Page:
Now, on the question of democracy, Western media have tried their best to paint the recent Russian presidential election as riddled with fraud and therefore illegitimate. Like having the Supreme Court effectively annul election results and appoint the president by court order... oh wait, wrong country. In fact, in the elections last autumn, Putin was elected president by a landslide (he's popular, you see) for a third term, after sitting out a term as prime minister, per Russian constitution. As Putin himself pointed out, if he were a tyrant, he could have just changed the constitution. Sure, there was plenty of ballot-stuffing and other irregularities, but the more important point is that none of the other candidates posed a viable alternative to Putin, making the question of whether one likes him or not rather moot. Reminds me of another election that took place last autumn: Obama got reelected because Romney turned out to be a bit too much of a scoundrel. He is a corporate hostile takeover artist by trade, and apparently the US isn't quite ready yet for a corporate hostile takeover. (But let's check back in four years.) The other non-option was the third-party candidate Ron Paul. Now, there is an eerie similarity between these alternatives to Obama: apparently, they are all Ayn Randians.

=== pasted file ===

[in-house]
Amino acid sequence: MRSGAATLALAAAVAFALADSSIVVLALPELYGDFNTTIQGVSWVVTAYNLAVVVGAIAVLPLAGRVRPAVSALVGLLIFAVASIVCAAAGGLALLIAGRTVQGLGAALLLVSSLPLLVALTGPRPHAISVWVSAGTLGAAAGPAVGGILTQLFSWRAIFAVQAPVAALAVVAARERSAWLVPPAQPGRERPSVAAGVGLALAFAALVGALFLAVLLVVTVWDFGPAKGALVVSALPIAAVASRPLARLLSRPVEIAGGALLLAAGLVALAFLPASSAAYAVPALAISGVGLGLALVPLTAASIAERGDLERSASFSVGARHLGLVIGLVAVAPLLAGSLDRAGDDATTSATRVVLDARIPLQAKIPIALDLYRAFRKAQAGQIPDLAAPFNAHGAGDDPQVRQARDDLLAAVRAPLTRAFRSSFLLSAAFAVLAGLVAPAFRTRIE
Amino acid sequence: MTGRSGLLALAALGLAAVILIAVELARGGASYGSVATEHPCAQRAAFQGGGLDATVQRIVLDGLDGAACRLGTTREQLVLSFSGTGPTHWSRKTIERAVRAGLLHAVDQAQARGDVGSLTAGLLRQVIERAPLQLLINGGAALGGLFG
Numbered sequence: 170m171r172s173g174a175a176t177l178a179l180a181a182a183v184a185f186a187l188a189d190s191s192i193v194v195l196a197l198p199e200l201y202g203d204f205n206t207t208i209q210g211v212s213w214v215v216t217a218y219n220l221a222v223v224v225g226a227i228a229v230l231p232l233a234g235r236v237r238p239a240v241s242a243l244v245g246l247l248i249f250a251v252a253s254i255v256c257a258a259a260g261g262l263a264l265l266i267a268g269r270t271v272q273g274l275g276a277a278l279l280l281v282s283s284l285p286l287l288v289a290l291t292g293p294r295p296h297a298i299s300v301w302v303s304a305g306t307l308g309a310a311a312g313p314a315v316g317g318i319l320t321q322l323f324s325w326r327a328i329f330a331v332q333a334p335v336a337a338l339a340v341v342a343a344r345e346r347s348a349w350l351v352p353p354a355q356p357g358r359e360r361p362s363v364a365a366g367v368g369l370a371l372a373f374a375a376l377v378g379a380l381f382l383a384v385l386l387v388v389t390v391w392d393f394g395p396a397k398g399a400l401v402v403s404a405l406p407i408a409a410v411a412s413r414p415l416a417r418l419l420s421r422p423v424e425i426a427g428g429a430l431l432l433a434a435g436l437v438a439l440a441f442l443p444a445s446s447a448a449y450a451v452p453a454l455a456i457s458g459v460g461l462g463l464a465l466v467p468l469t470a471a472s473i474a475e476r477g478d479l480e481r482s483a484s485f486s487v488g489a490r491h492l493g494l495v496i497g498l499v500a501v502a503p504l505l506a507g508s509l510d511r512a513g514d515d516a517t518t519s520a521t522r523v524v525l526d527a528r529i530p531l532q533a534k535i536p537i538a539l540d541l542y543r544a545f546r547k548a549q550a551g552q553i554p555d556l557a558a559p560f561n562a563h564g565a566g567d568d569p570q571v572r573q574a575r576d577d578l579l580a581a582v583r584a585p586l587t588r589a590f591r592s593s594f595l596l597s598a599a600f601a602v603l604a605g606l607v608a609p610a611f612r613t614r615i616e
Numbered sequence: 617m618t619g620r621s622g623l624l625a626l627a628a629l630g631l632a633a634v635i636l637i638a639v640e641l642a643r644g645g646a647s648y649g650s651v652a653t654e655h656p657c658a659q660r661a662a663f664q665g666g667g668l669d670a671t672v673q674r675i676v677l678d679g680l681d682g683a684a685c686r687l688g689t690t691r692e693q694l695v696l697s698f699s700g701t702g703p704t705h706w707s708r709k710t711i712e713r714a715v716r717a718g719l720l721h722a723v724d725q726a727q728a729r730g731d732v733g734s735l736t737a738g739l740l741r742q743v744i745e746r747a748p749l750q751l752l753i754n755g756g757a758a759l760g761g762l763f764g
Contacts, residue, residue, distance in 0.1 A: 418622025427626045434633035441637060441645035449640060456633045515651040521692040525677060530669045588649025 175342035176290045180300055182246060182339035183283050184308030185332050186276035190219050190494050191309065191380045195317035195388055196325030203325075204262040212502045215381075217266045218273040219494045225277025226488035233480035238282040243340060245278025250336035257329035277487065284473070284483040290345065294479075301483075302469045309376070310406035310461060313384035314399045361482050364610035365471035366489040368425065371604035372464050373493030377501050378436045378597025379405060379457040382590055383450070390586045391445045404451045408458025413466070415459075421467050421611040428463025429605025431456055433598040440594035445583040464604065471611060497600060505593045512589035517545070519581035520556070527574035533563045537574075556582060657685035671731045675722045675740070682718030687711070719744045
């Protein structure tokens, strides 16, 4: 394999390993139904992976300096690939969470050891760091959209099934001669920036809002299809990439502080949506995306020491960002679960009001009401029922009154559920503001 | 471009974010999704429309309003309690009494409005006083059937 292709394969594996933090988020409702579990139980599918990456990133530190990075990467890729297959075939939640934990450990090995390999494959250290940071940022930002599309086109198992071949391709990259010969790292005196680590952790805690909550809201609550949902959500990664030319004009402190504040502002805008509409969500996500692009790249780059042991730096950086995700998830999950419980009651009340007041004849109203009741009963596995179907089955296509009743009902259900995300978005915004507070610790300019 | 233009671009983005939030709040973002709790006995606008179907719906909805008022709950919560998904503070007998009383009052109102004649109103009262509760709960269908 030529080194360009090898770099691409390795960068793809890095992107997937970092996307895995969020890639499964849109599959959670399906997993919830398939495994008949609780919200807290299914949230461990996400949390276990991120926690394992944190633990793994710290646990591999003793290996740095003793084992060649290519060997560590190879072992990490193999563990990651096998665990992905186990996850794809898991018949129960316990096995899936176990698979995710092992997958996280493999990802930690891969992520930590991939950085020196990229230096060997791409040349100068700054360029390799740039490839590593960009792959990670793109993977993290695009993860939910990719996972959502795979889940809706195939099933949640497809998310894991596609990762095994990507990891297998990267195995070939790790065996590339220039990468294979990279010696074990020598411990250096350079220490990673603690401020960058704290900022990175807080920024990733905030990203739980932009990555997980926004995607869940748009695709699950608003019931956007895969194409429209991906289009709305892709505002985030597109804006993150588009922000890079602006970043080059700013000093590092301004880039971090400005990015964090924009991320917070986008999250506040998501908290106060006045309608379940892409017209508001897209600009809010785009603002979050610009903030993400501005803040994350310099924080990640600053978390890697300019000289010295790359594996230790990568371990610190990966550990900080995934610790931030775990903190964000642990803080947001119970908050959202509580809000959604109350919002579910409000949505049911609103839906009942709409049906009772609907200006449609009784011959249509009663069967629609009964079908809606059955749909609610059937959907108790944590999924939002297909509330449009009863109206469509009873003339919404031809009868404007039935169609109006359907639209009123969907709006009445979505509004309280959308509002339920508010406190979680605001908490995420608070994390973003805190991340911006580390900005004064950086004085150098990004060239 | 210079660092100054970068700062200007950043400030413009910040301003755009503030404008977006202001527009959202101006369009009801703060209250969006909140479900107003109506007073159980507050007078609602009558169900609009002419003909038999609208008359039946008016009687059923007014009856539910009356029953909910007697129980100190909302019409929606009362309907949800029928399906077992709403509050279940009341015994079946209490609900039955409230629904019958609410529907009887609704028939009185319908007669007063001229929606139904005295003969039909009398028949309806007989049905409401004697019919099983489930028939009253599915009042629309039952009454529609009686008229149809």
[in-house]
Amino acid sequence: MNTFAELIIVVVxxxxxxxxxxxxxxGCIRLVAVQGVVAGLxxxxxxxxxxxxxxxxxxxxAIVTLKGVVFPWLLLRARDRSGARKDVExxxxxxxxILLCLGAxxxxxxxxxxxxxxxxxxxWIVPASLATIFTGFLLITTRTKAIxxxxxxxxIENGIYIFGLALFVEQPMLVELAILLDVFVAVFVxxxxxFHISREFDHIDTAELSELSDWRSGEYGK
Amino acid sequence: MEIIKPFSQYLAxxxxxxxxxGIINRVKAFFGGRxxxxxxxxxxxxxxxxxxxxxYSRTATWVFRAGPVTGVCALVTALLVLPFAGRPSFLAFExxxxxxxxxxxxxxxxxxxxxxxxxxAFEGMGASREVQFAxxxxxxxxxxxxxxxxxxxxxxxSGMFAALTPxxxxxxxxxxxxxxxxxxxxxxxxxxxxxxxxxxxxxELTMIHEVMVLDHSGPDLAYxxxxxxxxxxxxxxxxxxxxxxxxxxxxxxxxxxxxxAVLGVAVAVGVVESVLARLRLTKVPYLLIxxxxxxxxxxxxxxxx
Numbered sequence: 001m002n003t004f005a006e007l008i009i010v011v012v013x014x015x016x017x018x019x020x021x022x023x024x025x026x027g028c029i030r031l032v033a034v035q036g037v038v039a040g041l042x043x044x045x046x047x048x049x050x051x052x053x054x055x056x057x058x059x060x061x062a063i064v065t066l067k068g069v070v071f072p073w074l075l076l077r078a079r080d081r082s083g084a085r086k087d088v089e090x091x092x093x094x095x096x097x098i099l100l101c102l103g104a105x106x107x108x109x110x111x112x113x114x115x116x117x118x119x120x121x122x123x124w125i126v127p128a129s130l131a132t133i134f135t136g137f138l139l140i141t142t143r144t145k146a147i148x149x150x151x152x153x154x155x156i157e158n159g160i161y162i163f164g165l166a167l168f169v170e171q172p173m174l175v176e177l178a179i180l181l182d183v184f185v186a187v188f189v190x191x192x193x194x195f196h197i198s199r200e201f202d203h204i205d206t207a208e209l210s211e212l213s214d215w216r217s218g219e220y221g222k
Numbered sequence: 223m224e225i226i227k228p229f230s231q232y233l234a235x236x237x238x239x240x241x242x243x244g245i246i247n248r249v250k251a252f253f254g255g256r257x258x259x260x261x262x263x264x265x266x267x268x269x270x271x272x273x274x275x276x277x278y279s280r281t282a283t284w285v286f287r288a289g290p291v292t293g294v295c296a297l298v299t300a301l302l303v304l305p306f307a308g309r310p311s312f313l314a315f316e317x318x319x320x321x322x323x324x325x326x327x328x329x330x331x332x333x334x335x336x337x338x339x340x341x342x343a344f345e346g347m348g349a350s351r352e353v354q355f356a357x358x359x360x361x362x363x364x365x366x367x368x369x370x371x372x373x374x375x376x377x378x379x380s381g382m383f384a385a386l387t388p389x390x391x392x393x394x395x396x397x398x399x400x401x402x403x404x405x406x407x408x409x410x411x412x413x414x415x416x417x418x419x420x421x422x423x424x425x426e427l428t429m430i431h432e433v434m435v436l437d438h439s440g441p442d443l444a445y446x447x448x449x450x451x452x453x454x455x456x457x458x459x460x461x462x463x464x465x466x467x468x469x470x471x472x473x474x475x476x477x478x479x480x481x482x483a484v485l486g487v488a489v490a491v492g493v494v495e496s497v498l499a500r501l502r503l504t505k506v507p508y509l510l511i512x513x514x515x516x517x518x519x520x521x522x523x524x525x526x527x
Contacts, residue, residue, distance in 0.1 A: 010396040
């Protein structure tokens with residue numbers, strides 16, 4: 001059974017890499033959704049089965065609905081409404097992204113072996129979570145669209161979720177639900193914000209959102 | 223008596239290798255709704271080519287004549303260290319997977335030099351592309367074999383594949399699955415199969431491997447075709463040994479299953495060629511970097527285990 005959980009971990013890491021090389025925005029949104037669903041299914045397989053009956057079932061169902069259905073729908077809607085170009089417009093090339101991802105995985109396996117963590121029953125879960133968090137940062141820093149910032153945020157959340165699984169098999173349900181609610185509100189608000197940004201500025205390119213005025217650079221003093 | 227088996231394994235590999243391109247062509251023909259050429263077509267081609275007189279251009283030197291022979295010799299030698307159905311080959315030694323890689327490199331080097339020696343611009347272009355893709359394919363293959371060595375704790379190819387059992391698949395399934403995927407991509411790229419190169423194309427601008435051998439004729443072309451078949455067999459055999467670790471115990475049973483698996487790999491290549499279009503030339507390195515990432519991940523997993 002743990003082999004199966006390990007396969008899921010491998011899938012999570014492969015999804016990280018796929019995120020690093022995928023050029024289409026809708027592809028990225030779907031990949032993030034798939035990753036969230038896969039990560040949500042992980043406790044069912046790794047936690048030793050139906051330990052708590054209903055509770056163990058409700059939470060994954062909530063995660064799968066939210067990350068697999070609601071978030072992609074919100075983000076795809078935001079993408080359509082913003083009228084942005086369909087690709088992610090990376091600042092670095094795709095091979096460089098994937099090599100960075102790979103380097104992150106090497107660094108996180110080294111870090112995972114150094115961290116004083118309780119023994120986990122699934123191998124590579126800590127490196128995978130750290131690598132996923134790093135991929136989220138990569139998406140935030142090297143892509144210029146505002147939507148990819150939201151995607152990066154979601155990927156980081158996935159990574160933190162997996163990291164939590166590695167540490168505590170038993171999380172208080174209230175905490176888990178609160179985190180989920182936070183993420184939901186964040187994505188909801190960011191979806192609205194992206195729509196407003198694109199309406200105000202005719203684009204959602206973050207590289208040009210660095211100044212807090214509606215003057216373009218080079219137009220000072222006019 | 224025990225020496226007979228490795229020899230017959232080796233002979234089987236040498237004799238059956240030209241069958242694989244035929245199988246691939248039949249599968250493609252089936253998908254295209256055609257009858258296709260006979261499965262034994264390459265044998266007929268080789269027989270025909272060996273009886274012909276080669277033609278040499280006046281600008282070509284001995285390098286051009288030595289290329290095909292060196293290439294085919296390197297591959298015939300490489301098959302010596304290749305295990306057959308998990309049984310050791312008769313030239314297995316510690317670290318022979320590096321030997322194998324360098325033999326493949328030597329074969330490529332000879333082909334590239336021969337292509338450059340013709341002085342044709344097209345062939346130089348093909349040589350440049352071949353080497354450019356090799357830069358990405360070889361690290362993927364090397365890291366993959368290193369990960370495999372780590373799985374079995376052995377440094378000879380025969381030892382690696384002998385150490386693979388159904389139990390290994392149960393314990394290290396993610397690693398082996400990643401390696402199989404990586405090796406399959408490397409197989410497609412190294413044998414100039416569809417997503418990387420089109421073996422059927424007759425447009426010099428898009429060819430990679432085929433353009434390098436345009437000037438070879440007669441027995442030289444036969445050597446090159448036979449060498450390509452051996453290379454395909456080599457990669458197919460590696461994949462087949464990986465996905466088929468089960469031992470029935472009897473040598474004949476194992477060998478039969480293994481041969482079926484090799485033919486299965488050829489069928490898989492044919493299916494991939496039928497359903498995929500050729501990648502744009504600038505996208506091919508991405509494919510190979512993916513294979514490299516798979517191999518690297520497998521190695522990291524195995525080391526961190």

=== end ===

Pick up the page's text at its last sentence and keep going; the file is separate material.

Ayn Rand was a mediocre Russian-born novelist whose quest in life was to propagandize free market capitalism (as if that were something that one ever needs to do) and to denigrate all other forms of social organization. She stood firm against all forms of mutual aid and social support that could not be effected via the unfettered free market. The avowed free marketeers Mitt Romney and his running mate Paul Ryan definitely had Ayn Randian leanings, and it is hardly an accident that “Mitt Romney and Paul Ryan” is an anagram for “My Ultimate Ayn Rand Porn.” And what about that other non-option, Ron Paul? What did he choose to name his son? That's right, “Rand.” Now, for me, fervent passion for the works of Ayn Rand has served as an accurate litmus test for a mediocre mind. The best that Ayn Rand's thinking can offer is a way of getting in touch with one's “inner asshole”: if you are the sort of person who is driven to distraction by the idea that somebody somewhere might be getting a free lunch at public expense, Ayn Rand is there to help you nurture such feelings. Ayn Rand is beloved of America's self-styled “libertarians.” The real Libertarians were socialists, but Americans have a way of borrowing words they don't know and then using them to mean things they don't understand, like saying “football” instead of “hand-egg” and then having to say “soccer” instead of “football,” never mind that the entire world finds this unintelligent and impolite. As the character Inigo Montoya put it in the film The Princess Bride, “You keep using that word. I do not think it means what you think it means.”